Economists’ take on status of recession dizzies legislators

SUNDAY, OCT. 4, 2009

OLYMPIA – Before they get too far into 2010, Washington legislators are likely to be invoking the ghost of Harry Truman.

Not because of any come-from-behind victory, or to call some reporter an SOB – two things for which subsequent generations of politicians have been eternally grateful to Truman – but because of his famous line about economists.

“Send me a one-armed economist,” Truman once said, one who doesn’t say “on the one hand this … on the other hand, that.”

And while you’re at it, state officials might say, send us one-armed economists who agree on whether the recession is over. Or at least, what “letter” the lines on the charts will make.

“The recession is most likely over,” Arun Raha, the state’s chief economist, told various legislative panels last week during Committee Week. But it won’t feel like it’s over until next year, he said.

“We’re still in a pretty deep recession,” said Greg Weeks, director of labor market and economic analysis for the Employment Security Department. The bad news is maybe just a little less bad.

To be fair, Raha is looking at gross domestic product and global economic numbers. Weeks is looking at unemployment numbers, which both agree are still climbing.

There is even a series of unemployment figures for legislators to consider (none of them good) that count everything from the standard rate of folks out of work and asking for unemployment payments to the “discouragement rate,” which adds in people who are working part time but are able to work full time, those who have exhausted their unemployment payments and those who have just given up on the prospect of finding a job. The discouragement rate is about 5 percent higher than the standard unemployment rate, Weeks said.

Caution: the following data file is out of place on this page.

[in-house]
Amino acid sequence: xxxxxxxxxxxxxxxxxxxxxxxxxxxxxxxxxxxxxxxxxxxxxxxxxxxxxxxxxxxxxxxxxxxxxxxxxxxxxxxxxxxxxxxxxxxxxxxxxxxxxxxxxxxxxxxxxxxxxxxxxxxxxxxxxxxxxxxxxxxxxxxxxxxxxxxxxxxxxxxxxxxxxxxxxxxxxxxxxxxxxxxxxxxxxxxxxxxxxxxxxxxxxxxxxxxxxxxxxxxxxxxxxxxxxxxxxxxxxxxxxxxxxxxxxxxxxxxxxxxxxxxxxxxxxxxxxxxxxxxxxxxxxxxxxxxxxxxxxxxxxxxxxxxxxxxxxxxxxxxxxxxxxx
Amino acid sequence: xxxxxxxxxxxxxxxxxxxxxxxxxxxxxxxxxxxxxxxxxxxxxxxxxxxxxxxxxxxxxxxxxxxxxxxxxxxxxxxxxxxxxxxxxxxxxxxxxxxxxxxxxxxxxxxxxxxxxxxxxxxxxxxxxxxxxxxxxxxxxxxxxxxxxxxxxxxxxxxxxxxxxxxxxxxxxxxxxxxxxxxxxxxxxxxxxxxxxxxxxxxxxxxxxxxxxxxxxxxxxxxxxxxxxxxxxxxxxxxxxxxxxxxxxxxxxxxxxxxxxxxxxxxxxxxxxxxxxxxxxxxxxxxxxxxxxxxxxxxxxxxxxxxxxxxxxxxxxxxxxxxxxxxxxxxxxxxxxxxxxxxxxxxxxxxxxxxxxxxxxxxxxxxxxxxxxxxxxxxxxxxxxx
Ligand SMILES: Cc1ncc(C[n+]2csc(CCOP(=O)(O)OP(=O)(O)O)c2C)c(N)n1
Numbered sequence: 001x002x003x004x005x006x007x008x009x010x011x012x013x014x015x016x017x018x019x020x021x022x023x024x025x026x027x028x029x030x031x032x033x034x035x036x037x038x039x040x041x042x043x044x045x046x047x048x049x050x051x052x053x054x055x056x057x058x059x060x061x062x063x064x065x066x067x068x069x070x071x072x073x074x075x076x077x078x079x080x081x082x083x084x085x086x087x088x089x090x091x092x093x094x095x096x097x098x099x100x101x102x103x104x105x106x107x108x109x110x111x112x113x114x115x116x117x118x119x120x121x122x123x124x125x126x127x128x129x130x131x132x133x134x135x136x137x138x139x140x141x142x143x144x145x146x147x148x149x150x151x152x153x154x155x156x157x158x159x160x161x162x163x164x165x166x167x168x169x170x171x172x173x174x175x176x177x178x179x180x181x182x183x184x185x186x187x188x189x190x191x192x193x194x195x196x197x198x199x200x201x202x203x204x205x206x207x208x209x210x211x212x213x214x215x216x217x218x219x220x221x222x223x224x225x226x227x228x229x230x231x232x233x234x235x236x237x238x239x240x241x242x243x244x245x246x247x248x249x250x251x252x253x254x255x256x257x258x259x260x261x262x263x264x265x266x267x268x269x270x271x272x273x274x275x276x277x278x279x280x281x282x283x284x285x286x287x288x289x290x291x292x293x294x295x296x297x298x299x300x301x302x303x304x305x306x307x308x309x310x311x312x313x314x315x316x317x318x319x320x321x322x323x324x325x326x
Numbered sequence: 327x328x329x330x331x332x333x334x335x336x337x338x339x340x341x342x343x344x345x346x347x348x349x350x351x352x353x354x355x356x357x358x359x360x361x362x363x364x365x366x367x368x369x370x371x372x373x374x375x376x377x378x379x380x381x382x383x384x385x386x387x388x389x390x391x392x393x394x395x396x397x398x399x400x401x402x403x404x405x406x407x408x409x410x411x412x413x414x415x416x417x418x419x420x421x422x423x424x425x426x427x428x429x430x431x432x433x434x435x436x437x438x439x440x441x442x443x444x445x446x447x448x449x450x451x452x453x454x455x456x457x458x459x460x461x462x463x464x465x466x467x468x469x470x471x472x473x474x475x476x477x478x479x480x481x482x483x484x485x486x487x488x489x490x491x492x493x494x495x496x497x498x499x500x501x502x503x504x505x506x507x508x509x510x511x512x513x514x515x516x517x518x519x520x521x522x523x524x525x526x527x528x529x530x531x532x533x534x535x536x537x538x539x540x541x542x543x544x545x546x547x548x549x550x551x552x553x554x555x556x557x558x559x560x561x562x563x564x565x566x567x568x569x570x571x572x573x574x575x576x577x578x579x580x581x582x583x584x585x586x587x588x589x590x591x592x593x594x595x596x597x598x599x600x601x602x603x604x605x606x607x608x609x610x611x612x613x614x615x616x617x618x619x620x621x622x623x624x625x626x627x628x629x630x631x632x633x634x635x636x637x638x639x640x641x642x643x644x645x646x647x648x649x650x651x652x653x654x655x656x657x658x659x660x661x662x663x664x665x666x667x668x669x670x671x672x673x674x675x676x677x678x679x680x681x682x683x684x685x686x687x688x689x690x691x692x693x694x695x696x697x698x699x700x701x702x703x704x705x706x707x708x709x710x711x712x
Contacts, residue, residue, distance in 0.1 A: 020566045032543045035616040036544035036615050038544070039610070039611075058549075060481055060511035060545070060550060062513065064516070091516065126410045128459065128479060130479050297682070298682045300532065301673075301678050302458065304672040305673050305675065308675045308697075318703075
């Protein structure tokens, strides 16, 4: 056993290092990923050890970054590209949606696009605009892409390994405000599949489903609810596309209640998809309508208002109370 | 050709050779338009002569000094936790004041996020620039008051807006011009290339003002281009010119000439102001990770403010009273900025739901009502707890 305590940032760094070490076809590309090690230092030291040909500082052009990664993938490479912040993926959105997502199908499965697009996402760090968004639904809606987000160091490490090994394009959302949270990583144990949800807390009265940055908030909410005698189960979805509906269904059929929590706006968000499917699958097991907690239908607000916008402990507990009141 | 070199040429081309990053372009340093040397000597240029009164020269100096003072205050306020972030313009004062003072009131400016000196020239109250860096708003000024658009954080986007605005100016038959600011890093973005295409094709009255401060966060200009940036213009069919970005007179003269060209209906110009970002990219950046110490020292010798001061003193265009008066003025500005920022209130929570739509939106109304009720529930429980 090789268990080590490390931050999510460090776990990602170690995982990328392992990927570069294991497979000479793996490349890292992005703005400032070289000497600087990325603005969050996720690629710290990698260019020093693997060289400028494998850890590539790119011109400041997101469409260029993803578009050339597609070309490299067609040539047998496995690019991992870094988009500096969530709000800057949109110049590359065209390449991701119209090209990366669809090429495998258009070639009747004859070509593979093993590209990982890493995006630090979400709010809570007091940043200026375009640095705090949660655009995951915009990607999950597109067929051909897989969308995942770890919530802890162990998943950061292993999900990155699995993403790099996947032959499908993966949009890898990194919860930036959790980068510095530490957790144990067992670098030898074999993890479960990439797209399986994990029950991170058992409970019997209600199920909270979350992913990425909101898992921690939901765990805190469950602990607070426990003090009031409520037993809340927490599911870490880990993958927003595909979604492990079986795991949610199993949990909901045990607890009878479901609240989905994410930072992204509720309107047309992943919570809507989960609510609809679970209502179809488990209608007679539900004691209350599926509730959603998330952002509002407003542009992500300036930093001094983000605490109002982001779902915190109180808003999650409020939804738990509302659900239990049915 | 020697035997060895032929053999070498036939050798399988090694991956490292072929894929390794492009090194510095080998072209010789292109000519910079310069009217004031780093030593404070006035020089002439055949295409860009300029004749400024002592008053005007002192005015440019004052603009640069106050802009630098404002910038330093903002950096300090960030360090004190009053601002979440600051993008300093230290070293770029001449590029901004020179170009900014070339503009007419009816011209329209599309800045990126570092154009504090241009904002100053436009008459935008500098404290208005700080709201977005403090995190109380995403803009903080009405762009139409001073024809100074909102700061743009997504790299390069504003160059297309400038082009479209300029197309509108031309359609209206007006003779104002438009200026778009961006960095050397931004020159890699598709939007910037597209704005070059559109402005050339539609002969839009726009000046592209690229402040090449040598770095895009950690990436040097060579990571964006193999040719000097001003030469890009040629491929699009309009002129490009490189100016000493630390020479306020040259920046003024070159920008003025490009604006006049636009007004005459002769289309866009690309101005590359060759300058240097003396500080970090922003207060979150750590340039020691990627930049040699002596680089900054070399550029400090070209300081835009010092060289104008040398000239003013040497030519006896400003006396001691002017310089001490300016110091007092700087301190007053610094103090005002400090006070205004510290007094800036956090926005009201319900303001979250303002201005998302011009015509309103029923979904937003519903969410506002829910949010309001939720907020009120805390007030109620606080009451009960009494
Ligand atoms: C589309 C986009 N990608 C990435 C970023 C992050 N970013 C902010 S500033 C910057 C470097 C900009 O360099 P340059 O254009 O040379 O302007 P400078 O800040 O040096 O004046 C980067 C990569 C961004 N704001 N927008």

Economists spend lots of time looking at charts, where figures for sales or jobs or investment go up and down. Some legislators wanted to know if the chart would be a V – that is, go back up after going down – or a W, going down, up, down, up.

Of course, there’s one letter that no one wants to see on the chart: an L, where things go down – and stay there.

Catch the candidates

Tuesday: Spokane Area League of Women Voters forum for Spokane City Council candidates, fire bond, other city ballot issues, starts 5:30 p.m. in City Council Chambers.

Thursday: Greater Spokane Inc. forum on state Initiative 1033 featuring local elected officials, starts 7:15 a.m. at The Service Station, 9315 N. Nevada St. $20 for breakfast.

Friday: Greater Spokane Inc. debate on city Proposition 4 between supporters and opponents, at the Champions Room, 720 W. Mallon Ave., starts at 7:15 a.m. $25 members/$55 nonmembers for breakfast.

Oct. 13: Youth Issues Forum with candidates for Spokane City Council and Spokane School District, City Council Chambers, starts at 6 p.m.

Spin Control is a weekly political column by political reporter Jim Camden. It also appears online at with daily posts, videos and reader comments.


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